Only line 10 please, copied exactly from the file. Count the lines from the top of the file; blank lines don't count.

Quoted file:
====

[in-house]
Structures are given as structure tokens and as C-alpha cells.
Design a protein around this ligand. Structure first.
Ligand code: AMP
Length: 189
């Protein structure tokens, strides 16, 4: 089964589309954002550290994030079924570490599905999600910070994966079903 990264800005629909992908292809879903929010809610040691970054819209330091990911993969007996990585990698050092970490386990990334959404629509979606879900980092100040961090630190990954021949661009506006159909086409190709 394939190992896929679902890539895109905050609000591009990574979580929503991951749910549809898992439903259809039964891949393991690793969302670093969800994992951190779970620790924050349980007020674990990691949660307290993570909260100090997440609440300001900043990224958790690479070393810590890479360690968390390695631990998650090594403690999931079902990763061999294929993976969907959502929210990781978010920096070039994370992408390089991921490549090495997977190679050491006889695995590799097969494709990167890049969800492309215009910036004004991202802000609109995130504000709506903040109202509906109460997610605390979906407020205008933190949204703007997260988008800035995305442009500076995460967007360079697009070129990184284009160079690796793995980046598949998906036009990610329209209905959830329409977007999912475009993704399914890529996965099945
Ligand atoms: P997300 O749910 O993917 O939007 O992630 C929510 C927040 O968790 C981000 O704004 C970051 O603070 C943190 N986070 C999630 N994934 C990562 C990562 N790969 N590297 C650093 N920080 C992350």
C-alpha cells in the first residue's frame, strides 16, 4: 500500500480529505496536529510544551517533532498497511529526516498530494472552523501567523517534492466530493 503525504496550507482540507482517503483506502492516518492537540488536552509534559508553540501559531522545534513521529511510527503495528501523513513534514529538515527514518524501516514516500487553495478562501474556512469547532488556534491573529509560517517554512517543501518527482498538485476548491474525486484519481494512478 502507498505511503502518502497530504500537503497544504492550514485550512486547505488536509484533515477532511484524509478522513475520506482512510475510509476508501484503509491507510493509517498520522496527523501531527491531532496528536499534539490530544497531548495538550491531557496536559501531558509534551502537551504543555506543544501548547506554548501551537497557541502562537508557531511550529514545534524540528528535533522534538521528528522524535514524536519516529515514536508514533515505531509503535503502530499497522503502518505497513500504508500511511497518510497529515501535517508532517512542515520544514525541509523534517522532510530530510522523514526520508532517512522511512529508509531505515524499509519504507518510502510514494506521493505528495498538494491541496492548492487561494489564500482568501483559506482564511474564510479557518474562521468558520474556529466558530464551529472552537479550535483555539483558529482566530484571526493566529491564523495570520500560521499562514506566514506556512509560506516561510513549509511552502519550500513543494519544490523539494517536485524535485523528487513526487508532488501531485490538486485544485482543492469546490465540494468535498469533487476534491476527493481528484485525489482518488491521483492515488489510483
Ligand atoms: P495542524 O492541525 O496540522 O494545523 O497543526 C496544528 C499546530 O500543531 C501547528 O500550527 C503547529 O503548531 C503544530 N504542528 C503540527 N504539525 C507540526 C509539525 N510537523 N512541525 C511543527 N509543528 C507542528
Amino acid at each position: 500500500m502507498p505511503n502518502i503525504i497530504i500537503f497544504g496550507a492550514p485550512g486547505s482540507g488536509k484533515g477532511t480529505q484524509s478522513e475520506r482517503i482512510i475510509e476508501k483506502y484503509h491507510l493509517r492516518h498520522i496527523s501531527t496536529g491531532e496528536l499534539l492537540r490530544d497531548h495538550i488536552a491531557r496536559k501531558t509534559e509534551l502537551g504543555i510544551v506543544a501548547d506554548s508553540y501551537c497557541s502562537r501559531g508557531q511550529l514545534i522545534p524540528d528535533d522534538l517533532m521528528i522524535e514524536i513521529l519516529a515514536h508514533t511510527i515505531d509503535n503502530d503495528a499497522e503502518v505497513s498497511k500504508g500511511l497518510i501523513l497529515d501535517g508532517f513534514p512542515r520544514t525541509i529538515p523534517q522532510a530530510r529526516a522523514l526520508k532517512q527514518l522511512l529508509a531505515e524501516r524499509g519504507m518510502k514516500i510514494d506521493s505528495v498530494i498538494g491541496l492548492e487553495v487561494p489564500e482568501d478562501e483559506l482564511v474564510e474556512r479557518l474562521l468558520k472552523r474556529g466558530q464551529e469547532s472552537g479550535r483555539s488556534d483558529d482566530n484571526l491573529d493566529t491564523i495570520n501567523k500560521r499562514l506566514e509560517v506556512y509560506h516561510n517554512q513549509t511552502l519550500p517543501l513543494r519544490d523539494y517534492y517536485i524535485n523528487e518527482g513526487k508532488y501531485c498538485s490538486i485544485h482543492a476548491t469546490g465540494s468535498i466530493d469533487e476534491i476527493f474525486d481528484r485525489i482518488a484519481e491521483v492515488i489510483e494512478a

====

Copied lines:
Amino acid at each position: 500500500m502507498p505511503n502518502i503525504i497530504i500537503f497544504g496550507a492550514p485550512g486547505s482540507g488536509k484533515g477532511t480529505q484524509s478522513e475520506r482517503i482512510i475510509e476508501k483506502y484503509h491507510l493509517r492516518h498520522i496527523s501531527t496536529g491531532e496528536l499534539l492537540r490530544d497531548h495538550i488536552a491531557r496536559k501531558t509534559e509534551l502537551g504543555i510544551v506543544a501548547d506554548s508553540y501551537c497557541s502562537r501559531g508557531q511550529l514545534i522545534p524540528d528535533d522534538l517533532m521528528i522524535e514524536i513521529l519516529a515514536h508514533t511510527i515505531d509503535n503502530d503495528a499497522e503502518v505497513s498497511k500504508g500511511l497518510i501523513l497529515d501535517g508532517f513534514p512542515r520544514t525541509i529538515p523534517q522532510a530530510r529526516a522523514l526520508k532517512q527514518l522511512l529508509a531505515e524501516r524499509g519504507m518510502k514516500i510514494d506521493s505528495v498530494i498538494g491541496l492548492e487553495v487561494p489564500e482568501d478562501e483559506l482564511v474564510e474556512r479557518l474562521l468558520k472552523r474556529g466558530q464551529e469547532s472552537g479550535r483555539s488556534d483558529d482566530n484571526l491573529d493566529t491564523i495570520n501567523k500560521r499562514l506566514e509560517v506556512y509560506h516561510n517554512q513549509t511552502l519550500p517543501l513543494r519544490d523539494y517534492y517536485i524535485n523528487e518527482g513526487k508532488y501531485c498538485s490538486i485544485h482543492a476548491t469546490g465540494s468535498i466530493d469533487e476534491i476527493f474525486d481528484r485525489i482518488a484519481e491521483v492515488i489510483e494512478a